6. Assess your staff
Chances are there are one or two members of your team who are underperforming. Laying someone off hurts, but keeping an underachieving employee on staff doesn’t do anyone any good. It’s a drain on your resources and employee morale. It also doesn’t give the employee a chance to find something new or different that might be better suited to his or her skills. Eliminating someone from your team could allow other members to work more efficiently.
7. Leverage your current client base to save on promotions
Even in the digital age, word-of-mouth is still one of the best forms of referral. Scale back your advertising and marketing budget by using your current, happy customers as brand ambassadors. Here are a couple of ways to do it:
- Offer an incentive: (i.e., a restaurant gift card, a percentage off future services, premium items, etc.) to clients who refer others to your business. These incentives do not have to be pricey, but they should be valuable.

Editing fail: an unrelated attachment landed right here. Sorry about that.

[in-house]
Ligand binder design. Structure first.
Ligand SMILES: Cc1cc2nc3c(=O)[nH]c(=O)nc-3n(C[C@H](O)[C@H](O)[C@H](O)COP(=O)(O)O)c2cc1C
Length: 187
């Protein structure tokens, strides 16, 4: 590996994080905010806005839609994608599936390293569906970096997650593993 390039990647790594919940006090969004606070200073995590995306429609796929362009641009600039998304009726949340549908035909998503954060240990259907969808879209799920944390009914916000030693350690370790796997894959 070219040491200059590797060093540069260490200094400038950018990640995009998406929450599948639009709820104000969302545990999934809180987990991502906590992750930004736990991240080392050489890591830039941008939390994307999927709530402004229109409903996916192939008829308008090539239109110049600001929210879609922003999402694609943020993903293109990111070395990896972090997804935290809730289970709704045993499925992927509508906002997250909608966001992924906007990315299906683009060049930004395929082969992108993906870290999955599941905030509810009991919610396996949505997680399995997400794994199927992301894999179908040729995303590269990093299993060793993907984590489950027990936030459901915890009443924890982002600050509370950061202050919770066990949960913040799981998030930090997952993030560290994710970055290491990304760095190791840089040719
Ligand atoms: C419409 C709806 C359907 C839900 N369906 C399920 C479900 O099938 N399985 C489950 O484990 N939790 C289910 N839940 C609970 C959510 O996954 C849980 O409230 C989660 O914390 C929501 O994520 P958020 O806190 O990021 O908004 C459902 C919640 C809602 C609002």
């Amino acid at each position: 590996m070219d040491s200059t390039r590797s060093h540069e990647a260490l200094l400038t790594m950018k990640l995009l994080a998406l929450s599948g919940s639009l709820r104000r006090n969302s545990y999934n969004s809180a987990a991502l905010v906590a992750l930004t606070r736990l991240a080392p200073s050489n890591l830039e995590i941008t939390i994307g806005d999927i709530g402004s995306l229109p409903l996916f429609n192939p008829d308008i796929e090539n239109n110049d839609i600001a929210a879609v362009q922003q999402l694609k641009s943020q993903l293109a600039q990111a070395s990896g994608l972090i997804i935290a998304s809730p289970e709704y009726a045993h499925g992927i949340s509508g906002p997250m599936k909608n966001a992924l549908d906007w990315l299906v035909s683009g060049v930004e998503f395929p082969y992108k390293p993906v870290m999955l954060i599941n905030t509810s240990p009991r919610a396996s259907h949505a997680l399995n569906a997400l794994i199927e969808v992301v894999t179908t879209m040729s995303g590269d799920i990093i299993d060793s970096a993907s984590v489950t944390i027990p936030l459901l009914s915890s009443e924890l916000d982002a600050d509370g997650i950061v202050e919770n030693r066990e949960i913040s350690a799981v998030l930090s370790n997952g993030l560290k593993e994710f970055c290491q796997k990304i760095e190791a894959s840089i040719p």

- Ask for testimonials: Ask current clients for a one- or two-sentence testimonial. You can use the testimony on your website, in email newsletters or as part of any other advertising. You should also ask the customer to post a positive review on Yelp or other social platforms like Facebook or Twitter.
8. Go paperless
While you may not be able to eliminate office supplies from your business, you can cut back on things like how much paper and ink you use. Backup all of your documents to the cloud or a drive, and shred any unnecessary files so that you don’t have costs related to document storage.